The irony of rejection is that sometimes it can actually make you really happy. My new year’s resolution for 2014 was to write more short stories and start submitting them for publication in literary magazines. I would say this is the first new year’s resolution that I have ever kept. And it feels really good.
It even feels good when I get the letters rejecting those stories that I worked hard to craft because with each one of those letters, I get closer and closer to an acceptance. But the reason I love those rejections so much is more than just that I’m closer to finding acceptance. I love them so much because they represent me being vulnerable and taking a risk when it actually means something.
Writing has always been a part of who I am–even when I don’t actually do much of it. I have always written stories in my head and sometimes on paper. When I think about life as a writer, I can actually feel my eyes welling up with tears. I have physical reactions to the idea of a life of writing. So when those rejection letters come in, it means that I’m trying, and there’s really not much more that an aspiring writer can do.
The first letters I received were informal, impersonal, and generic. I interpreted those as we’ve got so much going on, that your piece didn’t even catch a second glance. I can handle that. There are lots of amazing writers out there and who am I to presume I’m better than all of them?
Then I got one not-so-nice letter that was pretty critical of the piece. I would be lying if I said it didn’t sting when I read it. But my husband reminded me, “Isn’t that something you can learn from?” And I pulled my head out of my ass and got real. They probably had a point.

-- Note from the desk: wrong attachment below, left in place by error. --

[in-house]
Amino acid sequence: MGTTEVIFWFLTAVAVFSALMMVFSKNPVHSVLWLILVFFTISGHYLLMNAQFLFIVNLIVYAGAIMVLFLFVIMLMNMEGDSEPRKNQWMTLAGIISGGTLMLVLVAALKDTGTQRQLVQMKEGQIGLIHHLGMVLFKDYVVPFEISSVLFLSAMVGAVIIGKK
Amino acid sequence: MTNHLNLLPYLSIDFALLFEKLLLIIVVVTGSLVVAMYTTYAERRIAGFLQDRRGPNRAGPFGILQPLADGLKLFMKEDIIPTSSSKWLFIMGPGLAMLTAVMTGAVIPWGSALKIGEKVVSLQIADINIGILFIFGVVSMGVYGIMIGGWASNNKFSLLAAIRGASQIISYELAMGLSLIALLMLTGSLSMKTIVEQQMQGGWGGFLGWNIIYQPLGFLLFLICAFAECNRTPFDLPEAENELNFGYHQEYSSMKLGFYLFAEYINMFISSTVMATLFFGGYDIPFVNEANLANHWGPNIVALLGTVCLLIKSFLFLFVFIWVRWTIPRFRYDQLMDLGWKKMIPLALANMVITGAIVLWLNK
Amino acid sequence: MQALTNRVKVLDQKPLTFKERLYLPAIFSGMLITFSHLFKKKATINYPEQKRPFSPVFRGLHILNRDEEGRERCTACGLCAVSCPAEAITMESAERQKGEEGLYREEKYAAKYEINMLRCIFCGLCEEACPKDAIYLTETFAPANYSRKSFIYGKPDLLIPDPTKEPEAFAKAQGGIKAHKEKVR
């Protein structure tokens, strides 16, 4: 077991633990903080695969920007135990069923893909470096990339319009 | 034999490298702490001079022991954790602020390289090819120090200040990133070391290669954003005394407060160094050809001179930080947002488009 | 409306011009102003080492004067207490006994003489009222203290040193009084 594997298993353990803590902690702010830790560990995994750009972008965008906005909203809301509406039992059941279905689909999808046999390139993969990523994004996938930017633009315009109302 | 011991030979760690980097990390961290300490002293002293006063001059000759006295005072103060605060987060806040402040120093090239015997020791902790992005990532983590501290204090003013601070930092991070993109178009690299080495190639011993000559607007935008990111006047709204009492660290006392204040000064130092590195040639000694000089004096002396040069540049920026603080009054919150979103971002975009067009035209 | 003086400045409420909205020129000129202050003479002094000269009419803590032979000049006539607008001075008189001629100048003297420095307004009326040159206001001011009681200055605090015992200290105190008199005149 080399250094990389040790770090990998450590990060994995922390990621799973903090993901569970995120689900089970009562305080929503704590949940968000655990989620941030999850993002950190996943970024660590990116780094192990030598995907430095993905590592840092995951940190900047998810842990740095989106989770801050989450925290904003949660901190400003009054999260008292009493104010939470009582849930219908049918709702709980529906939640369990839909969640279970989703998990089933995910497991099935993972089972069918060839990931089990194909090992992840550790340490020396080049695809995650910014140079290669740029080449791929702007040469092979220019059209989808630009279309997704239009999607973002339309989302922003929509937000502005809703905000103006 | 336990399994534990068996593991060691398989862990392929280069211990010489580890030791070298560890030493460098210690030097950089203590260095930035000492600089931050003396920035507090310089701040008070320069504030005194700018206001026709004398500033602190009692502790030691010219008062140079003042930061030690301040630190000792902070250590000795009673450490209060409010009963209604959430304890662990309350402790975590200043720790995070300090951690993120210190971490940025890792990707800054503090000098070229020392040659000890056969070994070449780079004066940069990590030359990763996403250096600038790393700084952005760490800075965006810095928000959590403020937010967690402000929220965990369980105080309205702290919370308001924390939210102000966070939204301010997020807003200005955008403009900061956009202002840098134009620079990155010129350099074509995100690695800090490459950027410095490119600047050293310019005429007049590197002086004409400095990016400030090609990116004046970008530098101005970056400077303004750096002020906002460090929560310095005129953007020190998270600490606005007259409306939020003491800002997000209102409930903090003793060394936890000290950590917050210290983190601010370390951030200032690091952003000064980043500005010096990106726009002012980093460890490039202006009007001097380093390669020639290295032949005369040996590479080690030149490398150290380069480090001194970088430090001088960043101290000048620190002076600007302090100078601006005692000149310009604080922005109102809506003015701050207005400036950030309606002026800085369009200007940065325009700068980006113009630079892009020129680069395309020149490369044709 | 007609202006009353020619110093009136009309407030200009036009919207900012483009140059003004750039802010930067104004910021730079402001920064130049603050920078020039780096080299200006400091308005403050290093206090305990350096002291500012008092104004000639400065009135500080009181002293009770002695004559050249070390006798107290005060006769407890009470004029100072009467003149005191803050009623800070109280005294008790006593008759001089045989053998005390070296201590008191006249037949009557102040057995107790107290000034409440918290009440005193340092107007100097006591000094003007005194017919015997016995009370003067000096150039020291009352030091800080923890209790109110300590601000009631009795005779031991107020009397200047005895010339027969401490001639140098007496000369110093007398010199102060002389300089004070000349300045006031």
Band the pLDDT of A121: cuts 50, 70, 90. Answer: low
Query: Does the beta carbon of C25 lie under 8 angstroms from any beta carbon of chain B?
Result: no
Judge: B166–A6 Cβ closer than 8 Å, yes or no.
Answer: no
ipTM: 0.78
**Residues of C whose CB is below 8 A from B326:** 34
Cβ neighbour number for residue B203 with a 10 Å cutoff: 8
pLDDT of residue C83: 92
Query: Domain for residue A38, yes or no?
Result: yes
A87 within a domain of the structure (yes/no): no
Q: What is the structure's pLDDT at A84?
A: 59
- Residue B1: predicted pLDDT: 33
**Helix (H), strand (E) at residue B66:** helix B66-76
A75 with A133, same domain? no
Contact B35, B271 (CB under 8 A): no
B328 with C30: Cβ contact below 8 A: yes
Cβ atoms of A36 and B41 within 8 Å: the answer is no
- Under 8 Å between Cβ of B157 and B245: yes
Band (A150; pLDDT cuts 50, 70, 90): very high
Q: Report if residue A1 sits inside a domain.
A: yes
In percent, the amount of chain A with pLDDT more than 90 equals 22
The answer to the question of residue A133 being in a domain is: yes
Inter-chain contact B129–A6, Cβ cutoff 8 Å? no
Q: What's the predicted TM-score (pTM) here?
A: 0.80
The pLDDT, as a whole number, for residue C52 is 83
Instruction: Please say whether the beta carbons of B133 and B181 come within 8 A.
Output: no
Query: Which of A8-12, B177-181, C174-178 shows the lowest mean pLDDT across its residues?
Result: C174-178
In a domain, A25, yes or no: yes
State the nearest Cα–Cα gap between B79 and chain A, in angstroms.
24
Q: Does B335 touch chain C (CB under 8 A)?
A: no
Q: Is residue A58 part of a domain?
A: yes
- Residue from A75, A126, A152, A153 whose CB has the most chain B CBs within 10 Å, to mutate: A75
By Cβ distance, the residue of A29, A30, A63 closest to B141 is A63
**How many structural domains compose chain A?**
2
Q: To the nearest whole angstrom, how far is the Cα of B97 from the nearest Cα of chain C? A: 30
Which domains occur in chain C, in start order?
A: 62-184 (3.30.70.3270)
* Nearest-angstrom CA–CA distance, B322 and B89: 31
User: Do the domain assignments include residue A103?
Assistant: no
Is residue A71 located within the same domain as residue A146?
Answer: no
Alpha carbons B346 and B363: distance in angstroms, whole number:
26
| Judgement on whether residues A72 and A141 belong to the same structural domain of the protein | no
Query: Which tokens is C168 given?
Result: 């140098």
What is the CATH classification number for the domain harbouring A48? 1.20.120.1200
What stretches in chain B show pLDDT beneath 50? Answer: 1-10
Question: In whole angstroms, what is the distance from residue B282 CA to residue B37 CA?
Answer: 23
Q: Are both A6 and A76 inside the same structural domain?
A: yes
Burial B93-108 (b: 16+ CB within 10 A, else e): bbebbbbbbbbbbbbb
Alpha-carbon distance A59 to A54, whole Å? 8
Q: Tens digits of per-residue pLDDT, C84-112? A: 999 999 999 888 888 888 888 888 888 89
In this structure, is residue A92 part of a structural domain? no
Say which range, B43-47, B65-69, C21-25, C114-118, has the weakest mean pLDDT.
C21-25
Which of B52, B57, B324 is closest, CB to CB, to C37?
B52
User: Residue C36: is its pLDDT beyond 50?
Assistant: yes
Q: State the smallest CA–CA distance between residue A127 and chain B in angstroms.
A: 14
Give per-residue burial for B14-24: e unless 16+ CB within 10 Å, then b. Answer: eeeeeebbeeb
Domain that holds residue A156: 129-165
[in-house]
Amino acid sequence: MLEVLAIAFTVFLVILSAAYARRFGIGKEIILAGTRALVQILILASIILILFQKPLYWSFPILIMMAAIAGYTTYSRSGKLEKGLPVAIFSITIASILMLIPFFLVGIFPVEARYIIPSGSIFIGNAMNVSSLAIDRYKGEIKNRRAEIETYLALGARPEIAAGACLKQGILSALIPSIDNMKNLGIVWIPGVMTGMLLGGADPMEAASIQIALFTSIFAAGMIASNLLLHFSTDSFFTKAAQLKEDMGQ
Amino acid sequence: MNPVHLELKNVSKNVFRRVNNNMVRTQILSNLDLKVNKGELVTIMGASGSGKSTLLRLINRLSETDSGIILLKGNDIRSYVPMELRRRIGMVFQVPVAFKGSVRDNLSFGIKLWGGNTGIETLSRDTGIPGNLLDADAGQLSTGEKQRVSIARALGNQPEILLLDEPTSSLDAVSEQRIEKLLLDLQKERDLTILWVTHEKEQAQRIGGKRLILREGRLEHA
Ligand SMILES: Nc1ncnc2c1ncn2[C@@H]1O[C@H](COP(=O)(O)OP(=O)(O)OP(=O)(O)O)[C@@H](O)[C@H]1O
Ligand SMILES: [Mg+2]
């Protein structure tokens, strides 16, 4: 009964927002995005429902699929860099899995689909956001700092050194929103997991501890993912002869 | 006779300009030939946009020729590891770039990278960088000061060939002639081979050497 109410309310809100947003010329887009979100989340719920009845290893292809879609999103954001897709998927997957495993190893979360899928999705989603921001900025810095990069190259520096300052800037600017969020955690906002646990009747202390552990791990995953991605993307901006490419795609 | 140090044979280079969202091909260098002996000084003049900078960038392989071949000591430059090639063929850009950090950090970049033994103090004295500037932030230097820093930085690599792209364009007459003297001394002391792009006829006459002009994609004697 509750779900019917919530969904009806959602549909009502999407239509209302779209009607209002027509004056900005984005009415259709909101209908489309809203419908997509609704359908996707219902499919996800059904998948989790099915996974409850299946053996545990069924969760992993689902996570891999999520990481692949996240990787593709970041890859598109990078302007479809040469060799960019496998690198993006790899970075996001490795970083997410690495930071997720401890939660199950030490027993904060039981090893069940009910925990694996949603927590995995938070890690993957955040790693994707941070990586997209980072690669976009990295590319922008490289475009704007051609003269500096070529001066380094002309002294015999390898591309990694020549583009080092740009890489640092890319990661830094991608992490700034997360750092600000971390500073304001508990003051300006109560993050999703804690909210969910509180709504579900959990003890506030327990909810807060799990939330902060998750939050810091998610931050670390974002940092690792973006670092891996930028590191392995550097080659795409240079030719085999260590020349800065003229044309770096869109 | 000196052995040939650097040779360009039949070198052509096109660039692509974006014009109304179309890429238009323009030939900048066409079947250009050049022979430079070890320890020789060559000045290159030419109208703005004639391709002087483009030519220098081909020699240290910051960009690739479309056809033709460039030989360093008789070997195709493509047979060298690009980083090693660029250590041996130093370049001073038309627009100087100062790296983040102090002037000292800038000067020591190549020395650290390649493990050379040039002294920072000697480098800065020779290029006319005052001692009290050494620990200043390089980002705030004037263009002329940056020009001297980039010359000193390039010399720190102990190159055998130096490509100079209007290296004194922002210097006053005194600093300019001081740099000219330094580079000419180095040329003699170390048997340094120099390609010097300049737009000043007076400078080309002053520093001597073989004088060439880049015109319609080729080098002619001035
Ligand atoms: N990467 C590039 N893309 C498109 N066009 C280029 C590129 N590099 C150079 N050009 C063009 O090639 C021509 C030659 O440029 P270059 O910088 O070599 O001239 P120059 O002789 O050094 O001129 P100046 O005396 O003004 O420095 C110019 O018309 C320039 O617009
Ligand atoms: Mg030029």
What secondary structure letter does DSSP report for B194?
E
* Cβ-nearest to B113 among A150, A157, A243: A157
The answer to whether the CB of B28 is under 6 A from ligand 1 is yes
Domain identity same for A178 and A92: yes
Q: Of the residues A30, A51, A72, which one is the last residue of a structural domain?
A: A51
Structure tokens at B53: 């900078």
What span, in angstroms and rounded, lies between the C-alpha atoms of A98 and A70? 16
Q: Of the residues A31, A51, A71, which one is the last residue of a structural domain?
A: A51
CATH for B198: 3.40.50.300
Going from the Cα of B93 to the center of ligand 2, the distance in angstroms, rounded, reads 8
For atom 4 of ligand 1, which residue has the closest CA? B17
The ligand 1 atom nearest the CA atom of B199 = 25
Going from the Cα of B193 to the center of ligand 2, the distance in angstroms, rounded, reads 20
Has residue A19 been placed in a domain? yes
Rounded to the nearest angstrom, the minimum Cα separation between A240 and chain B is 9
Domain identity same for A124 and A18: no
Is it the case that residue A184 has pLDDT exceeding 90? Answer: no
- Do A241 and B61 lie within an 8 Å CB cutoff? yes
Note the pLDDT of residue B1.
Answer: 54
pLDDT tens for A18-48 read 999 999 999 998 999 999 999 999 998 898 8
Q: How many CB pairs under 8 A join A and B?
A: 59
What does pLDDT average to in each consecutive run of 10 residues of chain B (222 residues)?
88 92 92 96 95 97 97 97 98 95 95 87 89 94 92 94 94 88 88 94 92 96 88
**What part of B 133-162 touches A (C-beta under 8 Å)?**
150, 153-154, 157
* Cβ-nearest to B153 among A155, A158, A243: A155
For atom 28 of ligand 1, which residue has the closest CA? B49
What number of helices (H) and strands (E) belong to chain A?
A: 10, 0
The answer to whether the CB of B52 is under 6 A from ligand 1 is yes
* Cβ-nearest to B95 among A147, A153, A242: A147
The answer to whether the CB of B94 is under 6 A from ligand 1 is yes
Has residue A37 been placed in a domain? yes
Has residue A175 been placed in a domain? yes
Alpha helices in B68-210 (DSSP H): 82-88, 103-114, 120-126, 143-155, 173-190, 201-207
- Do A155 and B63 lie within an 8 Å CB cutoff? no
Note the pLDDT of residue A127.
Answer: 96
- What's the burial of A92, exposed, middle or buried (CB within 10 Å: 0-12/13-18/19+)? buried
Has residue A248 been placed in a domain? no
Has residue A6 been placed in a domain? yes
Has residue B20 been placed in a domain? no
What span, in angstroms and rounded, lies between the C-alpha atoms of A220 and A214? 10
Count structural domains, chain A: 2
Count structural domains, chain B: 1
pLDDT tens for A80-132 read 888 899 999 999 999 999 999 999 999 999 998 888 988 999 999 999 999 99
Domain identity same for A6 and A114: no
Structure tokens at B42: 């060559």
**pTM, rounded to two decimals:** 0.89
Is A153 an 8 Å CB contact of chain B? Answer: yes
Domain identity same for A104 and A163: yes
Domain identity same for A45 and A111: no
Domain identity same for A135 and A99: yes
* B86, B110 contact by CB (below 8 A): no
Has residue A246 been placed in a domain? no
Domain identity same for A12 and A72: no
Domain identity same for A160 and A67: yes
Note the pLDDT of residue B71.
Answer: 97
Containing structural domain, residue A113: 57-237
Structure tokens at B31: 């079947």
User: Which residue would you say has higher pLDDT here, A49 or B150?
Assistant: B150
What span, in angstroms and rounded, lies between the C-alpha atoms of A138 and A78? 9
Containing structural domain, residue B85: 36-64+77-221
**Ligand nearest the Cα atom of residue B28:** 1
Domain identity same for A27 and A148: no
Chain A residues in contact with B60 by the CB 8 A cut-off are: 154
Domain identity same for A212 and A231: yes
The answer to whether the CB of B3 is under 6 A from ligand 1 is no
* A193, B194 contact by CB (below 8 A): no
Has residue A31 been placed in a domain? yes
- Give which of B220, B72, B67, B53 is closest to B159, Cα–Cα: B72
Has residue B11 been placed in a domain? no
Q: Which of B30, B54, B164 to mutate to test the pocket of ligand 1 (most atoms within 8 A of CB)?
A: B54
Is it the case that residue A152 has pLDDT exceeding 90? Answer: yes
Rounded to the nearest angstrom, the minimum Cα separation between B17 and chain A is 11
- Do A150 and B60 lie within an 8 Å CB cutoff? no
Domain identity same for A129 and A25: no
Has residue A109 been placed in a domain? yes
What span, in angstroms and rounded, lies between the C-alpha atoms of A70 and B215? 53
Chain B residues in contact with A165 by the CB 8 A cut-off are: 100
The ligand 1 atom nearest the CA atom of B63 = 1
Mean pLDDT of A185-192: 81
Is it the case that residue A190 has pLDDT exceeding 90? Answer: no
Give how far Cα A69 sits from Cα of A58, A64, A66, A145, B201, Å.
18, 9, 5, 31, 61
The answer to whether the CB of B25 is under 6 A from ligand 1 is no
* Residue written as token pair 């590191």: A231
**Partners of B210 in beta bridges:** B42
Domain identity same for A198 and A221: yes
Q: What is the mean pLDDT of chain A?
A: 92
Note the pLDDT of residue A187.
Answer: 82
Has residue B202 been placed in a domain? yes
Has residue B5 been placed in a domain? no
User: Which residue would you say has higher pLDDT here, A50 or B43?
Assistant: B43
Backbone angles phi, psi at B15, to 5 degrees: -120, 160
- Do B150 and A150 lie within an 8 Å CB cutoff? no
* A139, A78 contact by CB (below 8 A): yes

But just the other day I got the best rejection letter of all. I’ll share it with you here:
Dear Ashley ,
Thank you so much for your submission. We enjoyed reading your work but ultimately decided not to accept this particular submission.
We hope that you’ll send us more of your work in the future. We really do. Your prose style is quirky and engaging.
We’re sorry we don’t have the time to explain the reasons why we reject submissions.
Best of luck to you!
They didn’t accept the story, but what does that matter? Magazines receive hundreds of submissions all the time. The possibility of getting a story in one is truly slim, and when that day finally arrives, I’ll be thrilled. But the fact that someone at this particular magazine took the time to thoroughly read my work, understand what I meant to get across, and respond personally to me means the world to me. Someone gets me. And isn’t that a writer’s goal in the first place–to find another soul in the world who understands your message?
I have arrived.
Image taken from Google Images.